GVC Holdings will make a bid of just under £1 billion ($1.5 billion) for bwin.party, as it attempts to drive rival 888 Holdings out of the pot with the mother of all 4-bets.
The company has secured debt financing for the bid from Cerberus Capital Management, a US private equity group. Cerberus is part of a consortium that owns UK bookmakers Gala Coral, which has just announced a £2.3 billion ($3.5 billion) merger with former rival Ladbrokes.
888’s proposal appeared to have been all but accepted by the bwin.party board last week, despite being £10 million ($15.5 million) lower than an earlier £908 million ($1.471 billion) joint bid by GVC and Amaya Inc. Bwin.party highlighted “industrial synergies” between itself and 888 Holdings, which it believed would save costs in the future and ease integration.
GVC and Amaya’s offer, meanwhile, proposed to splice the company in two, with Amaya acquiring bwin.party’s poker operations and GVC the sports book.
Of the two, the GVC/Amaya overture appears to have been the more complicated and riskier offer, leading the bwin board to conclude that “888’s offer provides a higher degree of certainty for bwin.party shareholders” and that “GVC’s modest incremental premium to 888’s offer is not sufficient for the bwin.party board to recommend GVC’s proposal over 888’s offer.”
However, last week rumors were circulating in London’s financial district that GVC was seeking funding for an increased bid, this time removing Amaya from the equation. Some analysts were skeptical about the company’s prospects of raising the kind of capital that could make the bwin board sit up and take notice. After all, GVC has a market value of £250.9 million ($390 million), which is only a third of that of bwin.party.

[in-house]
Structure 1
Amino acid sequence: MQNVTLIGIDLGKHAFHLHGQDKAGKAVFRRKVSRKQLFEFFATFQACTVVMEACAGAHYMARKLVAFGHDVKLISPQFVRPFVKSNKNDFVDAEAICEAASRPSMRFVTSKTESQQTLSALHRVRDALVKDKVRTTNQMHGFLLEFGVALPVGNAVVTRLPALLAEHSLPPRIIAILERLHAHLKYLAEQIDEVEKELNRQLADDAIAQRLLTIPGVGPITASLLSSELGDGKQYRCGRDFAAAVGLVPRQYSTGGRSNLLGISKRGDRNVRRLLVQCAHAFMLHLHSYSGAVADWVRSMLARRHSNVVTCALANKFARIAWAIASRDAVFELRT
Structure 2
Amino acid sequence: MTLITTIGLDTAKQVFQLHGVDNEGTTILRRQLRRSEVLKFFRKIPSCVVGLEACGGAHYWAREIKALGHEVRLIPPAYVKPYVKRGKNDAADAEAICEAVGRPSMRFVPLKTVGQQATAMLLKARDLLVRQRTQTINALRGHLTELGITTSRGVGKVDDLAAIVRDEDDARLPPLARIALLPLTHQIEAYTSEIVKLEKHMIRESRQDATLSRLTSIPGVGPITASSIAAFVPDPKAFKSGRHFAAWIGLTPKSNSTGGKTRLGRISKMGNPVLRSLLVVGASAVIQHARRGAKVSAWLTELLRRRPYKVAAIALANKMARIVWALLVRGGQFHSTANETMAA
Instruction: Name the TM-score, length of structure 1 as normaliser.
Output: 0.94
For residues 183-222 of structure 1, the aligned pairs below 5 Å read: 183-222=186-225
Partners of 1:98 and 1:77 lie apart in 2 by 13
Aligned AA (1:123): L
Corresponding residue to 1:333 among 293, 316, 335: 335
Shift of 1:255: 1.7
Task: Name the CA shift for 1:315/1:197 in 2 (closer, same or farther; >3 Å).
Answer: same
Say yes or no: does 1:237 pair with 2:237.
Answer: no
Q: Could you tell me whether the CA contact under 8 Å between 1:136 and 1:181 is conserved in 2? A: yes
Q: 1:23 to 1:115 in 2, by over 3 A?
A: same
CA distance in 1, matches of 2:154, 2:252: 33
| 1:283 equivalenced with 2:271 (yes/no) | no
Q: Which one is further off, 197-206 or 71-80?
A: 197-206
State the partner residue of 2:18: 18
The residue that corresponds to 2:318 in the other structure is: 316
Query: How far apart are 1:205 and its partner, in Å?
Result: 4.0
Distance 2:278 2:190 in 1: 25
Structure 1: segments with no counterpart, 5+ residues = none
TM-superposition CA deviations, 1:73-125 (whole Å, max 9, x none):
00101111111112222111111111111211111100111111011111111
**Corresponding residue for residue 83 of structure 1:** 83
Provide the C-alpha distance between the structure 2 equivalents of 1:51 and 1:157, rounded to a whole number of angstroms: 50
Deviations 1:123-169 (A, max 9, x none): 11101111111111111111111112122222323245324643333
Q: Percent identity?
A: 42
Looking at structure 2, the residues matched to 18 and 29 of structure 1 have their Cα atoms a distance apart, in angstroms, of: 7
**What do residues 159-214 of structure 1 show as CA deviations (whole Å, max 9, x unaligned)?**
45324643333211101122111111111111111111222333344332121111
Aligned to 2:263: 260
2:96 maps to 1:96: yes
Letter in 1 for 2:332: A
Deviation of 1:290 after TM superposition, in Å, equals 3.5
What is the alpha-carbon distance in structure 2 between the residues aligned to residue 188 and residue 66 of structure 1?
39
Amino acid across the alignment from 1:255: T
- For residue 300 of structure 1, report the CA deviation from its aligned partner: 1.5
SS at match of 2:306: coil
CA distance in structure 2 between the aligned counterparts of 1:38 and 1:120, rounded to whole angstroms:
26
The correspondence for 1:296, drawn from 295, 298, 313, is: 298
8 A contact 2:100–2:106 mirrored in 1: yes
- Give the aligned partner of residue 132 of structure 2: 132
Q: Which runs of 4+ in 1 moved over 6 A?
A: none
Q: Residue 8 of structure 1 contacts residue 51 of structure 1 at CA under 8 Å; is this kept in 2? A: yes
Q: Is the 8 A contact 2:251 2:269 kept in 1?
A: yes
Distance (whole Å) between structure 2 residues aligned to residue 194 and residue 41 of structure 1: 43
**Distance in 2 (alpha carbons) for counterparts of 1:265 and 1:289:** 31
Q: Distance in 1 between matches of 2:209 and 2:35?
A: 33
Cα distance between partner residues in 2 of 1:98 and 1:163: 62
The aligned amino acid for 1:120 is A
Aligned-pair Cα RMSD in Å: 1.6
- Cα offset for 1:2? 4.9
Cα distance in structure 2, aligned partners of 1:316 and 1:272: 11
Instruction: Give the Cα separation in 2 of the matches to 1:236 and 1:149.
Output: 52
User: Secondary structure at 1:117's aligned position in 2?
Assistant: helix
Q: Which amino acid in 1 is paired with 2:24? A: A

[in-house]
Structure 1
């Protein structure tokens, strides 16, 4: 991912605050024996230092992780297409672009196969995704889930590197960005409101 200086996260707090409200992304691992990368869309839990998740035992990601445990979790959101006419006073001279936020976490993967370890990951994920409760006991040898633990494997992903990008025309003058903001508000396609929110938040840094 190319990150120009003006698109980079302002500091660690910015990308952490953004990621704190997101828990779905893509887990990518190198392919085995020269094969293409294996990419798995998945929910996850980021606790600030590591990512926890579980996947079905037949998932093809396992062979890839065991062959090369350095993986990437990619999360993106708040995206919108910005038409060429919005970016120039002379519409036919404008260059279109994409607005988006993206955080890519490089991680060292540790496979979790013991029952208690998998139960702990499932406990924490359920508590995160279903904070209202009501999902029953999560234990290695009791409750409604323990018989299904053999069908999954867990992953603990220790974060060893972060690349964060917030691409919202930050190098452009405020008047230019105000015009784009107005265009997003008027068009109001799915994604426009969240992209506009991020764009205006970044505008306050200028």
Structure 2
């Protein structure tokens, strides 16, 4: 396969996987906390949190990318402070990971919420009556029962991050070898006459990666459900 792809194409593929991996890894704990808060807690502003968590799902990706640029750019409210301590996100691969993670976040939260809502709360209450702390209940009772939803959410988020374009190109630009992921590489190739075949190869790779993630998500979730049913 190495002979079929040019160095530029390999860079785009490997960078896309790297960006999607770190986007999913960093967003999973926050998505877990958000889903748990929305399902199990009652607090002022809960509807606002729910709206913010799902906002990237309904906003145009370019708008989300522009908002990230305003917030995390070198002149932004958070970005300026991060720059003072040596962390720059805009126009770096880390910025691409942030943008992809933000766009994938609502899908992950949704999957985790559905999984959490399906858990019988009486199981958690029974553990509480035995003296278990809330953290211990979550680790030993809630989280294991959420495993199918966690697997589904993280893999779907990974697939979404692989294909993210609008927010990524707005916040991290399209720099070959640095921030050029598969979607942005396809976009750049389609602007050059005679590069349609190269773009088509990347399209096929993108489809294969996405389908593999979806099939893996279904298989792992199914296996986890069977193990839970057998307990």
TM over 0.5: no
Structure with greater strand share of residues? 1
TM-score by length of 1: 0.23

However, no doubt aware of the rumors, bwin.party announced over the weekend that its ears were still open.
“The board has recommended an offer from 888 and we are working towards getting that done,” a bwin spokesman said. “Should GVC or anyone else put forward an attractive, fully financed and deliverable offer then of course the board will consider it against 888’s current offer.”
We would interpret that to mean that it ain’t over till the fat lady signs the check and it clears.
888 to Hit Back?
GVC’s new offer values bwin.party shares at 122.5 pence per share, which will be made up of 25 pence in cash and one new GVC share. The 888 proposal, meanwhile, values Bwin shares at 104.09p each.
The takeover would be financed by a combination of new GVC shares and a €400 million ($443 million) senior secured loan from Cerberus Capital.
“This is a real statement of intent from GVC. The proposed premium over the accepted offer by 888 is such that the bwin.party board will probably have no choice but to reconsider its acceptance of the 888 offer,” analysts at Davy Research told the BBC today. “We would be surprised if 888 does not come back with a counter-offer of its own.”
888 had yet to comment on the development as of this writing.